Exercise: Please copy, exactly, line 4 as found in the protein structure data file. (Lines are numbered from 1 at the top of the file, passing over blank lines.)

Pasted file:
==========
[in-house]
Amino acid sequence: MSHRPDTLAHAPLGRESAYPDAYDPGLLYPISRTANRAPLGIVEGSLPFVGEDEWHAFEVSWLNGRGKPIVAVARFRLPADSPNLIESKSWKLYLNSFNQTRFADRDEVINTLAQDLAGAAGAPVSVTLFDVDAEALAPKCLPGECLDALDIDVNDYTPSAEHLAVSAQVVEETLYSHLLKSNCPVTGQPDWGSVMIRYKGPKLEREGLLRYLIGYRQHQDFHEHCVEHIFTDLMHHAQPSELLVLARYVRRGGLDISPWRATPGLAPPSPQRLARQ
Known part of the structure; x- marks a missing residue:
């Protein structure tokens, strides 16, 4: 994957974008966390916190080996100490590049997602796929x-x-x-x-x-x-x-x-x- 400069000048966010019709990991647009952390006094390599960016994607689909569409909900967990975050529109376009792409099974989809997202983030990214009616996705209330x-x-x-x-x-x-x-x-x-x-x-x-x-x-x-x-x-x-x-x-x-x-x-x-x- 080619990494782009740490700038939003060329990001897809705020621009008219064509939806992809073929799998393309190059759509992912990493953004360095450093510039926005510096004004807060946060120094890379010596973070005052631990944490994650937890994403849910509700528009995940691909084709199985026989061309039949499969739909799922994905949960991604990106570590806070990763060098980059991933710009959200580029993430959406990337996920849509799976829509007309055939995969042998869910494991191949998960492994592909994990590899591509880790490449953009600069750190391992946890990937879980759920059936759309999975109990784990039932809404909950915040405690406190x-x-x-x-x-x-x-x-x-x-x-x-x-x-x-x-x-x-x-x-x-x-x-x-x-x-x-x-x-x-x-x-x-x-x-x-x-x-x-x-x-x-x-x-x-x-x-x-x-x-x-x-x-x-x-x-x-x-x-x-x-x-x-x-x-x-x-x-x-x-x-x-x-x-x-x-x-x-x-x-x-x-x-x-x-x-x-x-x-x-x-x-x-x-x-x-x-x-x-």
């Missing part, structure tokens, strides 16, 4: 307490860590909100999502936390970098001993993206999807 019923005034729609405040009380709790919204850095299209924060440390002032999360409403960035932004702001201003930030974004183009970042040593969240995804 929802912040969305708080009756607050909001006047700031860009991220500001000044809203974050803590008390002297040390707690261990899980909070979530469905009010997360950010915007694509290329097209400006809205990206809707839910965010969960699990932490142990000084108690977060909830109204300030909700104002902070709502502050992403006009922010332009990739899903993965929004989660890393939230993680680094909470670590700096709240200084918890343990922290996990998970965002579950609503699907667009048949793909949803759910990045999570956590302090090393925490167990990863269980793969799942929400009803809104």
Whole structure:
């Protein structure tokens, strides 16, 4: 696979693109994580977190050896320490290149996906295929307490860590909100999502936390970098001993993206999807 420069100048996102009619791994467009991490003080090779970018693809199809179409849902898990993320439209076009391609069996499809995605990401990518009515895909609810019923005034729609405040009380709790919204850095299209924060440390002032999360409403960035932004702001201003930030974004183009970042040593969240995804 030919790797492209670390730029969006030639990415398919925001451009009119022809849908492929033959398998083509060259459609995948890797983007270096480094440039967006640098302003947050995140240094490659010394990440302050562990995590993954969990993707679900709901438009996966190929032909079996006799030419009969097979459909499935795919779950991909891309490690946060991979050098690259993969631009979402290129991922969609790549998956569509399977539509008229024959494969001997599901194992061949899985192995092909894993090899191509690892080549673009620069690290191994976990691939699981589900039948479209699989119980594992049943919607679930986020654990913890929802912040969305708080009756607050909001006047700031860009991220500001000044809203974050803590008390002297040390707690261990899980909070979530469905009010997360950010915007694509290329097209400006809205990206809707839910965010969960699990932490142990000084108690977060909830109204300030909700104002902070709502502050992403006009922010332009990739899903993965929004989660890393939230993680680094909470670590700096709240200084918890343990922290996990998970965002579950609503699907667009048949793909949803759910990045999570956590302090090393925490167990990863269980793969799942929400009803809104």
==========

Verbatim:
């Protein structure tokens, strides 16, 4: 994957974008966390916190080996100490590049997602796929x-x-x-x-x-x-x-x-x- 400069000048966010019709990991647009952390006094390599960016994607689909569409909900967990975050529109376009792409099974989809997202983030990214009616996705209330x-x-x-x-x-x-x-x-x-x-x-x-x-x-x-x-x-x-x-x-x-x-x-x-x- 080619990494782009740490700038939003060329990001897809705020621009008219064509939806992809073929799998393309190059759509992912990493953004360095450093510039926005510096004004807060946060120094890379010596973070005052631990944490994650937890994403849910509700528009995940691909084709199985026989061309039949499969739909799922994905949960991604990106570590806070990763060098980059991933710009959200580029993430959406990337996920849509799976829509007309055939995969042998869910494991191949998960492994592909994990590899591509880790490449953009600069750190391992946890990937879980759920059936759309999975109990784990039932809404909950915040405690406190x-x-x-x-x-x-x-x-x-x-x-x-x-x-x-x-x-x-x-x-x-x-x-x-x-x-x-x-x-x-x-x-x-x-x-x-x-x-x-x-x-x-x-x-x-x-x-x-x-x-x-x-x-x-x-x-x-x-x-x-x-x-x-x-x-x-x-x-x-x-x-x-x-x-x-x-x-x-x-x-x-x-x-x-x-x-x-x-x-x-x-x-x-x-x-x-x-x-x-």